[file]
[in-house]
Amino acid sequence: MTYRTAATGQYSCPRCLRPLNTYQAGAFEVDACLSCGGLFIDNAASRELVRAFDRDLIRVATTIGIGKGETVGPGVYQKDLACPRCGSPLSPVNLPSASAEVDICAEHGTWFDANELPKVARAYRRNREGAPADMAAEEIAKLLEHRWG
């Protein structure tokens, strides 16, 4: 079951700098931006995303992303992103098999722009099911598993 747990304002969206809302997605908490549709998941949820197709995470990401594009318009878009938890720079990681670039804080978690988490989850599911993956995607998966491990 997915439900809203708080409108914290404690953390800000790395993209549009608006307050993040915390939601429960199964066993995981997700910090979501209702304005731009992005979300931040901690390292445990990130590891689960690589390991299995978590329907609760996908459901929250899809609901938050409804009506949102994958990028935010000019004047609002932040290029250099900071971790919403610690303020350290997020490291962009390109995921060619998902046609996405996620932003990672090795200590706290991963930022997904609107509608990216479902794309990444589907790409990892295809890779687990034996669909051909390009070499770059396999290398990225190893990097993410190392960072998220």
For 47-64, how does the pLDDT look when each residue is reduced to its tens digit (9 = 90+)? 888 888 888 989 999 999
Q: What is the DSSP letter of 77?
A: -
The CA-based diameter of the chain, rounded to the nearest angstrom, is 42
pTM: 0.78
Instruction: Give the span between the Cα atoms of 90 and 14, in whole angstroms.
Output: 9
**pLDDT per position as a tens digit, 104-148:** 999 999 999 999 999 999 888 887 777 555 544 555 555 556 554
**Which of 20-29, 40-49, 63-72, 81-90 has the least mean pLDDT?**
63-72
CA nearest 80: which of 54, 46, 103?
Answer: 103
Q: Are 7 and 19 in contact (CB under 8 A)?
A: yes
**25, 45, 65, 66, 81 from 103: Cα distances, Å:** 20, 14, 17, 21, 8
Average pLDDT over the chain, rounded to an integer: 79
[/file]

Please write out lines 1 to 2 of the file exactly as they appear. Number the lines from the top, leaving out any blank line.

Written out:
[in-house]
Amino acid sequence: MTYRTAATGQYSCPRCLRPLNTYQAGAFEVDACLSCGGLFIDNAASRELVRAFDRDLIRVATTIGIGKGETVGPGVYQKDLACPRCGSPLSPVNLPSASAEVDICAEHGTWFDANELPKVARAYRRNREGAPADMAAEEIAKLLEHRWG